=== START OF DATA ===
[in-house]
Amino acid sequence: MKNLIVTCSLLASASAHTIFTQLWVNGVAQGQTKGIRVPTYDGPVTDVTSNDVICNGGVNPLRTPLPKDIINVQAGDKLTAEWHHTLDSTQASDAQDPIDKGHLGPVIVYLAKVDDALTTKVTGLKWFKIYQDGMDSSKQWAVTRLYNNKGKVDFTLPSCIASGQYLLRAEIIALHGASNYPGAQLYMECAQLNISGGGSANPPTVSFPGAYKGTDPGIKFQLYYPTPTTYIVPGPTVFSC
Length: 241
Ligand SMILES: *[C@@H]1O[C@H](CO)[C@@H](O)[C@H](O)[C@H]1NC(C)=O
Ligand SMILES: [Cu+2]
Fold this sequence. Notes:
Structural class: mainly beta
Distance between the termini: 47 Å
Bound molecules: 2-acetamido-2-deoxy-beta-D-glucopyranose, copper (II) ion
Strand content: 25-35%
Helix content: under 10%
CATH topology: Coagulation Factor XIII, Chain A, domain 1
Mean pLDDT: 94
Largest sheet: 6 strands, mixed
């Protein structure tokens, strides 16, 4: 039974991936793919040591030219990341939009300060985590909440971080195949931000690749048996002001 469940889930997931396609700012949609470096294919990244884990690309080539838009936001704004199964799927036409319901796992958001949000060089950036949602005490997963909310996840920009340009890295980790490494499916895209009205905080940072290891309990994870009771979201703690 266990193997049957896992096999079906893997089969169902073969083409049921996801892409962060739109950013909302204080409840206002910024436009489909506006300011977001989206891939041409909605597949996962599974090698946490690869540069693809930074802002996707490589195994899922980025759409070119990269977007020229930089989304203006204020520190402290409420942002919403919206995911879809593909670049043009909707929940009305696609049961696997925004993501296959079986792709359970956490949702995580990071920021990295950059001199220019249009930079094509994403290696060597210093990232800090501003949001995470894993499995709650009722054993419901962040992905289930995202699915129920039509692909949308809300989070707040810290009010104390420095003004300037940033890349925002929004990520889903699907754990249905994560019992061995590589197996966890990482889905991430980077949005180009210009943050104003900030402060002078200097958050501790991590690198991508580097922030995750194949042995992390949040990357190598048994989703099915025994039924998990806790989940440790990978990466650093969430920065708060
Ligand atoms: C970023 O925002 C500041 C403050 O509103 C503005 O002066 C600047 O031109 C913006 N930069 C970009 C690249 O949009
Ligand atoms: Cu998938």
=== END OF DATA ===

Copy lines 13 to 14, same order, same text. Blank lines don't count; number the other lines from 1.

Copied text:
Mean pLDDT: 94
Largest sheet: 6 strands, mixed